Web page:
RALEIGH — Early-grade students in North Carolina’s public schools made marked improvements in reading and literacy skills during the last school year, outpacing students in other states evaluated with similar testing, the Department of Public Instruction said last week.
The gains came during the first full school year of a new initiative contained within a 2021 state law designed to improve reading proficiency.
The “Excellent Public Schools Act” emphasizes scientific methods to teach children how to read that emphasize phonics, vocabulary and spelling. Many teachers are still working through a two-year professional development program to master this instruction.
“We still have a long way to go, but the results we’re seeing from last year are clearly pointing in the right direction,” state schools Superintendent Catherine Truitt said in a news release.
The 2021 law sought to address shortcomings following a 2012 law designed to set the goal for all children to meet proficient reading levels by third grade.
Children in kindergarten through third grade were formally assessed at both the beginning and the end of the 2021-22 school year on how they were doing on literacy skills, such as identifying phonetic sounds in spoken words.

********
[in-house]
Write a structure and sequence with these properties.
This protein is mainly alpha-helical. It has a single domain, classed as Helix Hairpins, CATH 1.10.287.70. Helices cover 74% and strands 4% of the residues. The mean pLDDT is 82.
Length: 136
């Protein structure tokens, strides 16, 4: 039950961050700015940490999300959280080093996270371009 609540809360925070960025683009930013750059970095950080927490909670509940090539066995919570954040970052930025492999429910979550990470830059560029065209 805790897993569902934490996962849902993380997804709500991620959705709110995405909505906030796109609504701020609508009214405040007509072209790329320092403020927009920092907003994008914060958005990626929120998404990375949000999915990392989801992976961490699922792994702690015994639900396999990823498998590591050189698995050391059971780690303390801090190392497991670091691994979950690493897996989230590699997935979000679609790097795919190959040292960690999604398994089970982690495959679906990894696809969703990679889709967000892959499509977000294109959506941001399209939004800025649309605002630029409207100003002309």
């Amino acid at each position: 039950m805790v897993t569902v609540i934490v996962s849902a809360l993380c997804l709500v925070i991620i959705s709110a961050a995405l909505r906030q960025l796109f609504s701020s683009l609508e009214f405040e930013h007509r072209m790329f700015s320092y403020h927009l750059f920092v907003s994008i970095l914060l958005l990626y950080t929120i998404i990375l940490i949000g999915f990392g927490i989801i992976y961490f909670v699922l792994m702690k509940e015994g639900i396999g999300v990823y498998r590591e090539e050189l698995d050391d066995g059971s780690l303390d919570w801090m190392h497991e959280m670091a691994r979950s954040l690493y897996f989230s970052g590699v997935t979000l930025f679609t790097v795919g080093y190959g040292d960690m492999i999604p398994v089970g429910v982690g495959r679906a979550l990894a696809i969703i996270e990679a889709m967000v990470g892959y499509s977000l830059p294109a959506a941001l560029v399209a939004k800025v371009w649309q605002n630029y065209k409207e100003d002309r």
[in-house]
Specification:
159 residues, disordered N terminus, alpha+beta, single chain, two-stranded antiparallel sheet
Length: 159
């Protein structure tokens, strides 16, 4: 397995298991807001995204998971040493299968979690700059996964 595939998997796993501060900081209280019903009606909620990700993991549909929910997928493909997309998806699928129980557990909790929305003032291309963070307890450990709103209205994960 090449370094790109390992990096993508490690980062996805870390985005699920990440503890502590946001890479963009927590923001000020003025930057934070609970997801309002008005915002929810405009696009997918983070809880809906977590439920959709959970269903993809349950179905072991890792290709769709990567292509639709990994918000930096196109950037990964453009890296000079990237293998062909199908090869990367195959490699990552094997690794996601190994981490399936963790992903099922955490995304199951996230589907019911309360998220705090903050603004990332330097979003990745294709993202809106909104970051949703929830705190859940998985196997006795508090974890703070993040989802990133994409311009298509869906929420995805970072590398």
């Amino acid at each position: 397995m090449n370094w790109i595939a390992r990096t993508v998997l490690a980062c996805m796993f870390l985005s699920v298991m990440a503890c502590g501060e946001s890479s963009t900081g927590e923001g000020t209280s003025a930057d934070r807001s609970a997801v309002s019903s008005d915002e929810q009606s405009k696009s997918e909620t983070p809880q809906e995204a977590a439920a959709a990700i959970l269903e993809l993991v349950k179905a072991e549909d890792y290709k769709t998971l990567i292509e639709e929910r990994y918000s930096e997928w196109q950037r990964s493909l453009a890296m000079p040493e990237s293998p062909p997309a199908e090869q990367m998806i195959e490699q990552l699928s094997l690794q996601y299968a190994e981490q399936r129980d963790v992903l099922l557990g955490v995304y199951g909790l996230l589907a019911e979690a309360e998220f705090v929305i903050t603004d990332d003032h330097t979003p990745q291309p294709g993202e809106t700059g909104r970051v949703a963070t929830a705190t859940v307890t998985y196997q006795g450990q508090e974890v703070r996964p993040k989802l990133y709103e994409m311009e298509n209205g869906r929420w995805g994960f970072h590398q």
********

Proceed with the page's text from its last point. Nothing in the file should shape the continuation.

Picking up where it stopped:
Those results were compared to how well more than 1 million students in other states performed in the same assessment, according to a department contractor that provides the assessment. The results showed that North Carolina students made greater gains over the year compared to the students in other states, DPI said.
For example, the percentage of North Carolina kindergarten students who scored at or above the benchmark for literacy proficiency grew from 27% at the beginning of the school year to 67% at the end of the year. Elsewhere in the country, the jump in proficiency was from 36% of kindergarteners to 60%.
The news release also provided data on North Carolina first- and second-graders outpacing peers elsewhere with the growth in the percentage of children deemed proficient in literacy.
Details on third grade proficiency weren’t released to avoid confusion with broader third-grade test results set to come out next week, DPI spokesperson Blair Rhoades said. But she said the third-grade literacy assessment improvements aligned with the K-2 comparisons.
DPI also cautioned that similar assessment results from past years weren’t compatible with the 2021-22 testing because last year’s assessment more closely followed several key elements in the “science of reading” model.